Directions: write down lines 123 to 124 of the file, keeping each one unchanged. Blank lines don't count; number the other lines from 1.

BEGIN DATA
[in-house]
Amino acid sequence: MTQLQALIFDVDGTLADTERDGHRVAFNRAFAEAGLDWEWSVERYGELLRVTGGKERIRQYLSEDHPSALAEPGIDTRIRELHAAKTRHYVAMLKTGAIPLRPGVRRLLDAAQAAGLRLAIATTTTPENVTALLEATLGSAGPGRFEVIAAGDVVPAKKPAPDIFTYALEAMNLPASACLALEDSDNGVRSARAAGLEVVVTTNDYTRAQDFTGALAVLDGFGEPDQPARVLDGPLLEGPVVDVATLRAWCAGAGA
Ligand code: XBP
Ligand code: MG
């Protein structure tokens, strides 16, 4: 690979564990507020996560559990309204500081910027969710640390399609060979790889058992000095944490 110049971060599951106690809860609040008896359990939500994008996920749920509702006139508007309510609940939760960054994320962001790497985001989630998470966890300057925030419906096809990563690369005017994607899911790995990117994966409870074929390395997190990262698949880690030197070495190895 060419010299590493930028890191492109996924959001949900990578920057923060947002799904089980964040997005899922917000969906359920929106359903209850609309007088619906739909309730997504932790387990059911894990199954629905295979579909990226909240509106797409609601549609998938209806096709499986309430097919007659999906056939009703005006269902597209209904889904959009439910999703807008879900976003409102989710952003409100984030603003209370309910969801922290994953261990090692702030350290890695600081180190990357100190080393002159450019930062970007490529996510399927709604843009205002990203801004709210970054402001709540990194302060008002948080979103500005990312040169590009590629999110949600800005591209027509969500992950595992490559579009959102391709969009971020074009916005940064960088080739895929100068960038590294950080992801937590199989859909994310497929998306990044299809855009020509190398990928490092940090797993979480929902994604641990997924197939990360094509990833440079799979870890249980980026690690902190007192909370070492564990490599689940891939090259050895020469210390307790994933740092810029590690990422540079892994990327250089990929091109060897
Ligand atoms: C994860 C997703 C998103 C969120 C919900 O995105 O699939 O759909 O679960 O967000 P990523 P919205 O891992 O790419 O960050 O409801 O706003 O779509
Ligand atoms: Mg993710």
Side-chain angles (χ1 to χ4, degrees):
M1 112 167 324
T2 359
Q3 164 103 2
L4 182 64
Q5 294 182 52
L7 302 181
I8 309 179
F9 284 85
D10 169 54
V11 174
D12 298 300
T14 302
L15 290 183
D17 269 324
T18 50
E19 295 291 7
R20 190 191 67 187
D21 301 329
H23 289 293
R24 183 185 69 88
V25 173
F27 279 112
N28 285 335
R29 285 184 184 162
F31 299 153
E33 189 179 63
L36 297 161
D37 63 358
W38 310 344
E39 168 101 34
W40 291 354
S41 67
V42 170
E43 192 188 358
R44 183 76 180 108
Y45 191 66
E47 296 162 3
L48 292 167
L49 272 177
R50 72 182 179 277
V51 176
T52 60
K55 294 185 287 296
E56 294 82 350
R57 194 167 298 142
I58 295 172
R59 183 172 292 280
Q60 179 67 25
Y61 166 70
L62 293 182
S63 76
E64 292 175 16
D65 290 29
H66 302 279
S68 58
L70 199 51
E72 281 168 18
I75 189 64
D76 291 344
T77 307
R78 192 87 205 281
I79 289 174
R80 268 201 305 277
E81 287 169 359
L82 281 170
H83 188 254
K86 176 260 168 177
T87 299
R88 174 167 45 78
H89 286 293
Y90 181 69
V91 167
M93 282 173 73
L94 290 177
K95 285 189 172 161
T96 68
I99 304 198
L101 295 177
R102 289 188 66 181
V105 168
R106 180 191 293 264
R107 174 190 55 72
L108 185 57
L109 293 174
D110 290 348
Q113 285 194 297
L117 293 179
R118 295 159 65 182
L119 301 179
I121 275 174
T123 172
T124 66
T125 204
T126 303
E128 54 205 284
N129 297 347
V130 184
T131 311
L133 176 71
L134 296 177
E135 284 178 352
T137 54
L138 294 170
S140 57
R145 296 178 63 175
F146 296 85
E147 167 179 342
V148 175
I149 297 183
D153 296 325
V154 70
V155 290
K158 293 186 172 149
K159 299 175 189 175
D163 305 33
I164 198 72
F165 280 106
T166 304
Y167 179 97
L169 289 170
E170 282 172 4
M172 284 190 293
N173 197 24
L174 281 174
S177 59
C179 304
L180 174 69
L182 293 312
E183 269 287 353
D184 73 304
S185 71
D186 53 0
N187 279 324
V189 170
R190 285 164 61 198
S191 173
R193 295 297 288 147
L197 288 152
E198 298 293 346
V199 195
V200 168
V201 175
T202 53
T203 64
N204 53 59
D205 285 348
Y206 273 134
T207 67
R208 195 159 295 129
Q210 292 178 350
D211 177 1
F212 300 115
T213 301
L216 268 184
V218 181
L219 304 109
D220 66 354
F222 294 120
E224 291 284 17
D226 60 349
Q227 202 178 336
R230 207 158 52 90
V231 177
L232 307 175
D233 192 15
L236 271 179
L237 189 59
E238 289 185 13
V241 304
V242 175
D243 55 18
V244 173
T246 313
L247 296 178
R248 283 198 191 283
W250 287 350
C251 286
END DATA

D163 305 33
I164 198 72